2Celsius joins other non profit European organisations that support the climate change case brought to the Human Rights Court by six young people from Portugal against big polluters. The European Court of Human Rights has dismissed a coordinated effort by 33 governments to overturn its decision to fast-track an unprecedented climate change case. The case is brought against Europe’s major emitters by six Portuguese children and young adults experiencing the effects of rising heat extremes in Portugal.
In October 2020, the Strasbourg Court granted the case priority status on the basis of the “importance and urgency of the issues raised”. The youth-applicants argue that defendant countries must adopt the “deep and urgent” emissions cuts which the UN says are now necessary to achieve the goal of the Paris Agreement. The youth-applicants argue that defendant countries must adopt the “deep and urgent” emissions cuts which the UN says are now necessary to achieve the goal of the Paris Agreement.
As a result of the Court’s decision, these countries must now attempt to defend the compatibility of their climate policies with the Paris Agreement’s 1.5°C global warming target. The governments petitioned the Court to reverse its decision to fast-track it, arguing that the youth-applicants do not face any imminent danger. As well as rejecting this request, the Court also denied their application to defer scrutiny of their climate policies. As a result of the Court’s decision, these countries must now attempt to defend the compatibility of their climate policies with the Paris Agreement’s 1.5°C global warming target.
Martim Agostinho (18), one of the youth-applicants involved, said:“The Court’s resistance to the efforts to prevent our case from being heard in full brings me even more hope and demonstrates the importance and urgency of our case. The fight against climate change is a fight against time and it is urgent that we get a decision from the Court.”.”
The Court did extend the deadline for governments to submit their defences to the youth-applicants’ case to 27 May 2021. Then, the youth-applicants and their team will face the major task of responding to the arguments of each of the 33 governments. The youth-applicants have also received the support of numerous civil society organisations, UN experts, academics and representatives of the youth-led climate movement in Europe, who have sought permission from the Strasbourg-based Court to formally participate in their case as “third-party interveners.” This mechanism allows individuals and organisations to independently make submissions to the Court. The Climate Action Network-Europe, a coalition of over 170 member organisations from 38 European countries, together with Germanwatch (Germany), 2 Celsius (Romania), and Notre Affaire à Tous (France), these organisations stated that through their interventions they “aim to strengthen the plaintiffs’ arguments on European countries’ climate inaction.”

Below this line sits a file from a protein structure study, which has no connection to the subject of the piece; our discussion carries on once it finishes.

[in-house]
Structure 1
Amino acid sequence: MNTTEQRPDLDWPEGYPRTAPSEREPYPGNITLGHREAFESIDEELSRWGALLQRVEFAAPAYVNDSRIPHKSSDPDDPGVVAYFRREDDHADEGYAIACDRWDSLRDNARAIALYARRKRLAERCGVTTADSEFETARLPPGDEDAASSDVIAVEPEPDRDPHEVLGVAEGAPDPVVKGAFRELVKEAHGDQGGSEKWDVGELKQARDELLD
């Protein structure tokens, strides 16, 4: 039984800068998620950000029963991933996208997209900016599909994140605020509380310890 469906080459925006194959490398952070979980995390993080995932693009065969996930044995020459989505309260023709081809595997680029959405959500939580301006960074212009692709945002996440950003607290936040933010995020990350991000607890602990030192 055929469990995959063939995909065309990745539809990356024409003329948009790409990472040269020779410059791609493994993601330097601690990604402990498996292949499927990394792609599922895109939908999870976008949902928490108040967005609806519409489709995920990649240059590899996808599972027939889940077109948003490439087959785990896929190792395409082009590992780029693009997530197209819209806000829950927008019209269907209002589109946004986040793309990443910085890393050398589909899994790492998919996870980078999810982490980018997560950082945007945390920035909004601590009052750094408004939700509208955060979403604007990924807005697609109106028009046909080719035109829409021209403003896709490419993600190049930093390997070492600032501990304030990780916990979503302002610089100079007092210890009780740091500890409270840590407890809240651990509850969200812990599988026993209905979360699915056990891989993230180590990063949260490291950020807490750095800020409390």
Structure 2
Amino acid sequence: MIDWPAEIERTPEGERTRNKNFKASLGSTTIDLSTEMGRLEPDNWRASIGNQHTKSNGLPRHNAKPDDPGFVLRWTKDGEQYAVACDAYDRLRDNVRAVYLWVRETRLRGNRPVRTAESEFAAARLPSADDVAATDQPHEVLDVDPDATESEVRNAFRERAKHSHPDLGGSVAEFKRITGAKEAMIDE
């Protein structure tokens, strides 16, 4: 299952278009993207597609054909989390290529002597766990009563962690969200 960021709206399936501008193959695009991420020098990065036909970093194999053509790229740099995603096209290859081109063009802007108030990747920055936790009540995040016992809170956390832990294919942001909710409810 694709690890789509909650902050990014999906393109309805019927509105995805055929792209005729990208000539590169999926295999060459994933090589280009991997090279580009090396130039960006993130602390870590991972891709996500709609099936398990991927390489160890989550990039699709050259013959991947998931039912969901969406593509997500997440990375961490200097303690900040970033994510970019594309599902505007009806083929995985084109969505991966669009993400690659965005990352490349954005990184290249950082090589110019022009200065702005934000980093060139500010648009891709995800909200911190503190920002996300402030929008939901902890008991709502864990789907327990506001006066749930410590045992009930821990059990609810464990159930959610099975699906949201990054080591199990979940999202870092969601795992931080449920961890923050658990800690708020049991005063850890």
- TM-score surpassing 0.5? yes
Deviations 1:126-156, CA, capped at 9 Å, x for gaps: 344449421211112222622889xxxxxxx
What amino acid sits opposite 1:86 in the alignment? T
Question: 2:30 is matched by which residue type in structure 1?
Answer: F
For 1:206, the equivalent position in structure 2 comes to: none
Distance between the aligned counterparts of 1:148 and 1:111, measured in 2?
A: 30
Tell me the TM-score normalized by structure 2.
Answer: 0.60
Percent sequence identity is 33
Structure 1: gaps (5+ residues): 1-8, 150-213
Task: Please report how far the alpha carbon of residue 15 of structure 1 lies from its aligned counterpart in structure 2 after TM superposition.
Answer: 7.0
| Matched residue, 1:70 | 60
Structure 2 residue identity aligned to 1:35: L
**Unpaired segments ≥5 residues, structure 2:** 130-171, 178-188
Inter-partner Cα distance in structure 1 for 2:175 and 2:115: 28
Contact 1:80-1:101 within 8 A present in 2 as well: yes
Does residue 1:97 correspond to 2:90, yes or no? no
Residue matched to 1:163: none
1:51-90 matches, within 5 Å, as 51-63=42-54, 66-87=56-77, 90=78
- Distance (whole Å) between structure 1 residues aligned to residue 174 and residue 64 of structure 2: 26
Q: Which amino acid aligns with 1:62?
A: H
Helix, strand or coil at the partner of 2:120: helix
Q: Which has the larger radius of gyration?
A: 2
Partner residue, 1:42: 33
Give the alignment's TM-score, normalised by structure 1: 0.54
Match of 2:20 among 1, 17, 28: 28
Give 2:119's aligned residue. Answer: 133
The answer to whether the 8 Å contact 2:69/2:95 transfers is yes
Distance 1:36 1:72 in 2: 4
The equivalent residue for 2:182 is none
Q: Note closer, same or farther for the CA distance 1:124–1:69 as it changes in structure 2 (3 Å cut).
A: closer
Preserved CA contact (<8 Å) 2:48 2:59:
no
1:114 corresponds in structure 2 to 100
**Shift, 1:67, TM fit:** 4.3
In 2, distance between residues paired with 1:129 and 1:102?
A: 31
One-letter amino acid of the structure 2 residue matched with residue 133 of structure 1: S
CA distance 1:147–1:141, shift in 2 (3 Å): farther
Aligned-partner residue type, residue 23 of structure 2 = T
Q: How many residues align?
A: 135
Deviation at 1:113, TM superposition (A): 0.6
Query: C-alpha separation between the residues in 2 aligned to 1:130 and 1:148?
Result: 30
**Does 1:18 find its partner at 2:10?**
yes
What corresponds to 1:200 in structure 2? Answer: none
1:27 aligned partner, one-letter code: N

The six young applicants from Portugal are: Cláudia Agostinho (21), Catarina Mota (20), Martim Agostinho (18), Sofia Oliveira (15), André Oliveira (13), Mariana Agostinho (8). The countries being sued are: Austria, Belgium, Bulgaria, Cyprus, Czech Republic, Germany, Greece, Denmark, Estonia, Finland, France, Croatia, Hungary, Ireland, Italy, Lithuania, Luxembourg, Latvia, Malta, the Netherlands, Norway, Poland, Portugal, Romania, Russia, Slovak Republic, Slovenia, Spain, Sweden, Switzerland, the United Kingdom, Turkey and Ukraine.
The case was filed on the 3rd September, just after Portugal recorded its hottest July in ninety years. It is the first climate case brought before an international court with the power to issue binding legal rulings.
GLAN, the organisation assisting the six Portuguese young people in bringing their case, has launched an international crowdfund to back this effort. It is available here.